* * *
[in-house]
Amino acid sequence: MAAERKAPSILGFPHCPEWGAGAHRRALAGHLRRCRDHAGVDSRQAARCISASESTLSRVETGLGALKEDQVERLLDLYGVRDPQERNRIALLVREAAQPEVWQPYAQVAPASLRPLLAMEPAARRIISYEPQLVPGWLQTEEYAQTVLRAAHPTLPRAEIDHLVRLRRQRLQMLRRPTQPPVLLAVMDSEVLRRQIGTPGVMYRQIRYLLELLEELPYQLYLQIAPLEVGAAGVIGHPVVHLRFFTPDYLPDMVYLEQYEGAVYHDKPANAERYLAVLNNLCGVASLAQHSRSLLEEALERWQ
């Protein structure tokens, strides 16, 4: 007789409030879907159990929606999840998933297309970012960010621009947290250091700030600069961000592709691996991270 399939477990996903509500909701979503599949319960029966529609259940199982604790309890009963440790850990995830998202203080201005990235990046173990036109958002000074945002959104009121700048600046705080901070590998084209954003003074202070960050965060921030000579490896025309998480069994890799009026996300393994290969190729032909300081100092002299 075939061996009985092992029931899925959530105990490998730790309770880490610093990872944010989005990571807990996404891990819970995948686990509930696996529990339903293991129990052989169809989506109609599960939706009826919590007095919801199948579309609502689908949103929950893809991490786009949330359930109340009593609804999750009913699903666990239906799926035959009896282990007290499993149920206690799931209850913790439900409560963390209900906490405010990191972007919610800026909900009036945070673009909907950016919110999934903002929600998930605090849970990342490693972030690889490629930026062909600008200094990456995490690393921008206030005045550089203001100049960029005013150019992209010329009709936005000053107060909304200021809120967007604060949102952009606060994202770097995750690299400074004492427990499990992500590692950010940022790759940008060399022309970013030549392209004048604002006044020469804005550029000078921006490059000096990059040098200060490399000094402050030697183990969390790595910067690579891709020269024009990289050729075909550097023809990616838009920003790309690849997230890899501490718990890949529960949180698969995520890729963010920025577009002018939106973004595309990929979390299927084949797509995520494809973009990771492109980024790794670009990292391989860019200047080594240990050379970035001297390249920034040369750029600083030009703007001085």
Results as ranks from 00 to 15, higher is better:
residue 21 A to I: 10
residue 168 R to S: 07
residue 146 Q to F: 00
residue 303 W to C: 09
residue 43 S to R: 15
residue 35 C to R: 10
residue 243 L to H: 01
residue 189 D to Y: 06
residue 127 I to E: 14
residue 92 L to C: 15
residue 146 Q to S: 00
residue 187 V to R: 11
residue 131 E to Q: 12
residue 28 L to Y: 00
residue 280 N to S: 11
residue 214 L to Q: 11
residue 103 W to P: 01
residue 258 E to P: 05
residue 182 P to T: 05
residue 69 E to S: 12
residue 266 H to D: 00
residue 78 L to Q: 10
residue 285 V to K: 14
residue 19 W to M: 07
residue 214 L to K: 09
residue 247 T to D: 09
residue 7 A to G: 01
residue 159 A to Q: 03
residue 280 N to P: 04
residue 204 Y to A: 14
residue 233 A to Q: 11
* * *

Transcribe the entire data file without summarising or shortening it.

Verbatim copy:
[in-house]
Amino acid sequence: MAAERKAPSILGFPHCPEWGAGAHRRALAGHLRRCRDHAGVDSRQAARCISASESTLSRVETGLGALKEDQVERLLDLYGVRDPQERNRIALLVREAAQPEVWQPYAQVAPASLRPLLAMEPAARRIISYEPQLVPGWLQTEEYAQTVLRAAHPTLPRAEIDHLVRLRRQRLQMLRRPTQPPVLLAVMDSEVLRRQIGTPGVMYRQIRYLLELLEELPYQLYLQIAPLEVGAAGVIGHPVVHLRFFTPDYLPDMVYLEQYEGAVYHDKPANAERYLAVLNNLCGVASLAQHSRSLLEEALERWQ
């Protein structure tokens, strides 16, 4: 007789409030879907159990929606999840998933297309970012960010621009947290250091700030600069961000592709691996991270 399939477990996903509500909701979503599949319960029966529609259940199982604790309890009963440790850990995830998202203080201005990235990046173990036109958002000074945002959104009121700048600046705080901070590998084209954003003074202070960050965060921030000579490896025309998480069994890799009026996300393994290969190729032909300081100092002299 075939061996009985092992029931899925959530105990490998730790309770880490610093990872944010989005990571807990996404891990819970995948686990509930696996529990339903293991129990052989169809989506109609599960939706009826919590007095919801199948579309609502689908949103929950893809991490786009949330359930109340009593609804999750009913699903666990239906799926035959009896282990007290499993149920206690799931209850913790439900409560963390209900906490405010990191972007919610800026909900009036945070673009909907950016919110999934903002929600998930605090849970990342490693972030690889490629930026062909600008200094990456995490690393921008206030005045550089203001100049960029005013150019992209010329009709936005000053107060909304200021809120967007604060949102952009606060994202770097995750690299400074004492427990499990992500590692950010940022790759940008060399022309970013030549392209004048604002006044020469804005550029000078921006490059000096990059040098200060490399000094402050030697183990969390790595910067690579891709020269024009990289050729075909550097023809990616838009920003790309690849997230890899501490718990890949529960949180698969995520890729963010920025577009002018939106973004595309990929979390299927084949797509995520494809973009990771492109980024790794670009990292391989860019200047080594240990050379970035001297390249920034040369750029600083030009703007001085």
Results as ranks from 00 to 15, higher is better:
residue 21 A to I: 10
residue 168 R to S: 07
residue 146 Q to F: 00
residue 303 W to C: 09
residue 43 S to R: 15
residue 35 C to R: 10
residue 243 L to H: 01
residue 189 D to Y: 06
residue 127 I to E: 14
residue 92 L to C: 15
residue 146 Q to S: 00
residue 187 V to R: 11
residue 131 E to Q: 12
residue 28 L to Y: 00
residue 280 N to S: 11
residue 214 L to Q: 11
residue 103 W to P: 01
residue 258 E to P: 05
residue 182 P to T: 05
residue 69 E to S: 12
residue 266 H to D: 00
residue 78 L to Q: 10
residue 285 V to K: 14
residue 19 W to M: 07
residue 214 L to K: 09
residue 247 T to D: 09
residue 7 A to G: 01
residue 159 A to Q: 03
residue 280 N to P: 04
residue 204 Y to A: 14
residue 233 A to Q: 11